King would occasionally entertain the audience by telling amusing anecdotes from his childhood, such as a story about he and his friends faking the death of a schoolmate.[19][20] The show also occasionally featured a "fictional alien, Gork of the planet Fringus",[21] "who supposedly existed one year in the future, giving highlights of the coming year on Earth."[22][23]

Final year[edit]

The primary guest host had been Jim Bohannon, who was also hosting his own Saturday evening call-in show.[24] In 1993 Westwood One, which had purchased Mutual in 1985, moved Larry King to an afternoon time slot and offered Bohannon his own show in King's late evening time slot. So the show was moved to afternoons, but, because most talk radio stations at the time had an established policy of local origination in the time-slot (3 to 6 p.m. Eastern Time) that Mutual offered the show, many of King's overnight affiliates declined carrying his daytime show[25] and it was unable to generate the same audience size.[citation needed] The afternoon show was given to David Brenner in 1994,[26][27] and radio affiliates were given the option of carrying the audio of King's new CNN evening television program. The Westwood One radio simulcast of King's CNN show continued until December 31, 2009.[28]

Sources[edit]

  1. ^ a b "Listen! You're going to hear things you've never heard before". dcrtv.com Photo Gallery. Retrieved 20 November 2014. 
  2. ^ "The Peabody Awards - The Larry King Show". 
  3. ^ "Mutual Broadcasting System". Encyclopedia Britannica. Retrieved 28 November 2014. 
  4. ^ "The Nine Lives Of Larry King". Sun Sentinel. Retrieved 28 November 2014. 
  5. ^ a b c d "Midnight Snoozer". Harvard Crimson. November 22, 1982. 
  6. ^ a b "Larry King Mutual Radio 1982". YouTube. 
  7. ^ a b "The Man Who Can`t Stop Talking Starting In South Florida, Larry King Has Been Live And On The Air For More Than 30 Years. On Radio And Tv, When The King Of Talk Speaks, The World Listens.". Sun Sentinel. Retrieved 28 November 2014.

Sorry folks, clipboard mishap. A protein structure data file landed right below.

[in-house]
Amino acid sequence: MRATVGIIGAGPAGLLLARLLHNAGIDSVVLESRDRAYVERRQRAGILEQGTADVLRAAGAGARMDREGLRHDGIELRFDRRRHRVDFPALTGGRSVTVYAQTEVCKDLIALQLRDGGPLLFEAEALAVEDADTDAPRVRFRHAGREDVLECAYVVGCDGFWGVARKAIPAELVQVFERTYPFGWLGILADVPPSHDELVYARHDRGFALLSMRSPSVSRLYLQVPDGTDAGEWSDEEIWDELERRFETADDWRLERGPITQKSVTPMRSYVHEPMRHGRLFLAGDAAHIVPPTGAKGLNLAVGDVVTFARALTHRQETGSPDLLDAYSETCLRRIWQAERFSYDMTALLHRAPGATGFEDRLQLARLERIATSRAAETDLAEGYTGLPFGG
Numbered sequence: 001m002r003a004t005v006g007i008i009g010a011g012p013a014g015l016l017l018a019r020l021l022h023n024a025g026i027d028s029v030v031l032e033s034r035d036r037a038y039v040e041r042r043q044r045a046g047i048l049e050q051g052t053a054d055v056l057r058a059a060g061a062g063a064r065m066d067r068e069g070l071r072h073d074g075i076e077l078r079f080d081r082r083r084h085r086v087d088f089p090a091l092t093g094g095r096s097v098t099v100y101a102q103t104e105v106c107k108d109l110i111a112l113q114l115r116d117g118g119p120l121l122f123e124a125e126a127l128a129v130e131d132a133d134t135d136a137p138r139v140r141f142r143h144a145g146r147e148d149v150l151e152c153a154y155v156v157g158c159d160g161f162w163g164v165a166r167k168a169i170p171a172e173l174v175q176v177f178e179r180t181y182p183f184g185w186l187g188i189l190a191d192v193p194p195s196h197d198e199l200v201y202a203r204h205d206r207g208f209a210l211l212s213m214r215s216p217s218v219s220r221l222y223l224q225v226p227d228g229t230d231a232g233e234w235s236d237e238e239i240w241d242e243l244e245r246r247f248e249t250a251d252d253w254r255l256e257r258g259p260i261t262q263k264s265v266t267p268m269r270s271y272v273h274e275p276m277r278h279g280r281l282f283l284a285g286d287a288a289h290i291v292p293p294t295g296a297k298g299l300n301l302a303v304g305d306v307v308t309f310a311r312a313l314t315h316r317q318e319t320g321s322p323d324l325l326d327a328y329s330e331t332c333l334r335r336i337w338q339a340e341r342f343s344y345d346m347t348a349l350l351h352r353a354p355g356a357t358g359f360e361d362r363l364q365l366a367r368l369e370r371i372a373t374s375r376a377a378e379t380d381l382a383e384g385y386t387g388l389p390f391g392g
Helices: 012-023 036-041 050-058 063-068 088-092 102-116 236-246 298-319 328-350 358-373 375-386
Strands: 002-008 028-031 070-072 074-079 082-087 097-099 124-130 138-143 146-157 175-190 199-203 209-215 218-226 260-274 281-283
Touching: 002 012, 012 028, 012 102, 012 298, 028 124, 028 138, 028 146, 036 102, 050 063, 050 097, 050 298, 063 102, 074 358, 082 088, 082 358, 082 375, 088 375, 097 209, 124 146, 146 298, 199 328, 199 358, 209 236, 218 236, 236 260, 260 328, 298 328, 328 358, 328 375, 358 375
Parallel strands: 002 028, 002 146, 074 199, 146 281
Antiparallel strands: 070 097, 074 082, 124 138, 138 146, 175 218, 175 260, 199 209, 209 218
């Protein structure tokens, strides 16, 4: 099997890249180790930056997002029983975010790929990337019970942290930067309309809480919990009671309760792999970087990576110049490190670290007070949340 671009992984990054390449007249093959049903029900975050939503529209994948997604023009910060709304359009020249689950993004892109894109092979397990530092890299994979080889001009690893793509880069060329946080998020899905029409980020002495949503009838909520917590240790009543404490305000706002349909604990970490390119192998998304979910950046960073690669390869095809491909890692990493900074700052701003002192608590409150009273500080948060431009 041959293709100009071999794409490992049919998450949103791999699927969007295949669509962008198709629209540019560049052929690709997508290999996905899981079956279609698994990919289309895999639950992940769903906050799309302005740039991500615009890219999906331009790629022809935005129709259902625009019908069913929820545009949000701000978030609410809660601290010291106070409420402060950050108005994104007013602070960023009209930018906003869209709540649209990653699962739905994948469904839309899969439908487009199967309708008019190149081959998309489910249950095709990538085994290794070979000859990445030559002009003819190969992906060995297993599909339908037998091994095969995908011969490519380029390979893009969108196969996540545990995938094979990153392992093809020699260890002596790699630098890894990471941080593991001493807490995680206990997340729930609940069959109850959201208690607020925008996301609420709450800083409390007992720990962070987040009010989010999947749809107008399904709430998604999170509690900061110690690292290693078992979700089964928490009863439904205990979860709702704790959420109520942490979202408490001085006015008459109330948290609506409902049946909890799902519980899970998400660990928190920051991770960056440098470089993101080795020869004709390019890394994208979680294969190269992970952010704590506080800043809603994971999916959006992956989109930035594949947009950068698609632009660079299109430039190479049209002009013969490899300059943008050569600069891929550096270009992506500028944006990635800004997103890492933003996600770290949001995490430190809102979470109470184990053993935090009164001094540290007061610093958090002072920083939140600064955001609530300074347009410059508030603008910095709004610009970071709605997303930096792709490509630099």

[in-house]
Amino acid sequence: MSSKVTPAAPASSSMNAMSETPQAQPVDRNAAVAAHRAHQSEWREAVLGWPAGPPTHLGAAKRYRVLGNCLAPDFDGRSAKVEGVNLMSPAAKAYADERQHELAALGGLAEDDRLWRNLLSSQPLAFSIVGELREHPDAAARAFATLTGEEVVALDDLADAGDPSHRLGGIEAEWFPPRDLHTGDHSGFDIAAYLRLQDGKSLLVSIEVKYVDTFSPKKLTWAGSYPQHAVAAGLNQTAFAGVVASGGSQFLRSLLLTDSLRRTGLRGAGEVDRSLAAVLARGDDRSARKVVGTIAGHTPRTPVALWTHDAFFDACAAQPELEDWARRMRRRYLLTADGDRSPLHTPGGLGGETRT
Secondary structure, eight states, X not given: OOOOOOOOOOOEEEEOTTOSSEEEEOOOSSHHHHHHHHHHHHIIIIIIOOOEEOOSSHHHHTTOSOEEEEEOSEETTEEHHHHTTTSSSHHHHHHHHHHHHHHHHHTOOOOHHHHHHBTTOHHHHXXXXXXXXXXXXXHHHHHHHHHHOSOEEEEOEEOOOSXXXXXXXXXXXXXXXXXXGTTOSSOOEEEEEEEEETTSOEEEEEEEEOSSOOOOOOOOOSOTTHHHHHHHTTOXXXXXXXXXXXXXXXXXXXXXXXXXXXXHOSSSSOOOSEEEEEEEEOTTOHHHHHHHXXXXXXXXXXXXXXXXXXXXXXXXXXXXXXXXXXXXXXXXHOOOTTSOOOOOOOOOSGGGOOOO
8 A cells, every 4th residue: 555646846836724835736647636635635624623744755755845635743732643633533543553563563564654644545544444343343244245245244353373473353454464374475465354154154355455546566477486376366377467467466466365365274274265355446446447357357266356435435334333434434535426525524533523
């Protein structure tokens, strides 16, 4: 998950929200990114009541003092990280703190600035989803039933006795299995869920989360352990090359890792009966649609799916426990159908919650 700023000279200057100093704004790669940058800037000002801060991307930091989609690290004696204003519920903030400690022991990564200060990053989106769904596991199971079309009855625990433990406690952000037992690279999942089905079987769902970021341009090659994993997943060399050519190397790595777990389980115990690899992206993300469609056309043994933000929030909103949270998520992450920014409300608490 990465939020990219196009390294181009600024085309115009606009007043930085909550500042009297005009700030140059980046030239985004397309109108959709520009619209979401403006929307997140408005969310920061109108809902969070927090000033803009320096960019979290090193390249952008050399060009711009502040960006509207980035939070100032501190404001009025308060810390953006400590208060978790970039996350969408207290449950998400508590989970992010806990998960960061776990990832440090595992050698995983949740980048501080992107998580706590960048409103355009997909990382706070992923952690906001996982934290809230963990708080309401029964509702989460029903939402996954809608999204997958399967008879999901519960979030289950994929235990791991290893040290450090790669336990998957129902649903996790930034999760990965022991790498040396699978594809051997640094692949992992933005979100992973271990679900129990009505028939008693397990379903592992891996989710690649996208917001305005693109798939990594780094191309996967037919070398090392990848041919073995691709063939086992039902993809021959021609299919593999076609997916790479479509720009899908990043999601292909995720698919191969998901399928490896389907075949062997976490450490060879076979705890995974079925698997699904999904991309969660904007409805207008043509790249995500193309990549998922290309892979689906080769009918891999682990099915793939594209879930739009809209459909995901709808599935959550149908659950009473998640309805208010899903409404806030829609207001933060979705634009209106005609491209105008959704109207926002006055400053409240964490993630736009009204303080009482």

8. ^ a b c "Toledo Blade - Google News Archive Search". Retrieved 28 November 2014. 
  9. ^ http://affiliates.westwoodone.com/talk/larry-king-bio.asp
  10. ^ "Larry King Radio Show in 1982". YouTube. C-SPAN. 
  11. ^ "Day Larry King - Video - C-SPAN.org". C-SPAN.org. 
  12. ^ "Larry King Show - Video - C-SPAN.org". C-SPAN.org. 
  13. ^ "Listeners pay close attention to late-night radio broadcast". Newspapers.com (Gettysburg Times). March 22, 1982. p. 13. 
  14. ^ "Larry King radio broadcasting nostalgia". 
  15. ^ "Technical Correction / "The Numbers Guy" And Wall Street". SFGate. November 21, 2000. 
  16. ^ King, Larry (2010-04-20). My Remarkable Journey. ISBN 1602861234. Retrieved 28 November 2014. 
  17. ^ King, Larry (2010-04-20). My Remarkable Journey. ISBN 1602861234. Retrieved 28 November 2014. 
  18. ^ King, Larry; Yoffe, Emily (1984). Larry King. ISBN 9780425068311. 
  19. ^ King, Larry (2010-04-20). My Remarkable Journey. Google books. ISBN 1602861234. 
  20. ^ "The Nine Lives Of Larry King". Sun Sentinel. Retrieved 28 November 2014. 
  21. ^ "King of the Brooklyn Celebrity Path". Brooklyn Daily Eagle. 
  22. ^ "Larry, Sylvia, and Gork". International Skeptics Forum. 
  23. ^ King, Larry; Yoffe, Emily (1984). Larry King. ISBN 9780425068311. 
  24. ^ http://affiliates.westwoodone.com/talk/jim-bohannon-bio.asp
  25. ^ "Larry King Will Be Heard In Daytime, But Barely". Sun Sentinel. 
  26. ^ "Today's Talk-Radio Topic: The Future of Talk Radio". Los Angeles Times. 
  27. ^ "Latest Radio News, Talk Shows, Sports, Hosts, Personalities - AllAccess.com". All Access. 
  28. ^ "Westwood One Ends Larry King Show Simulcast". Radio Syndication Talk.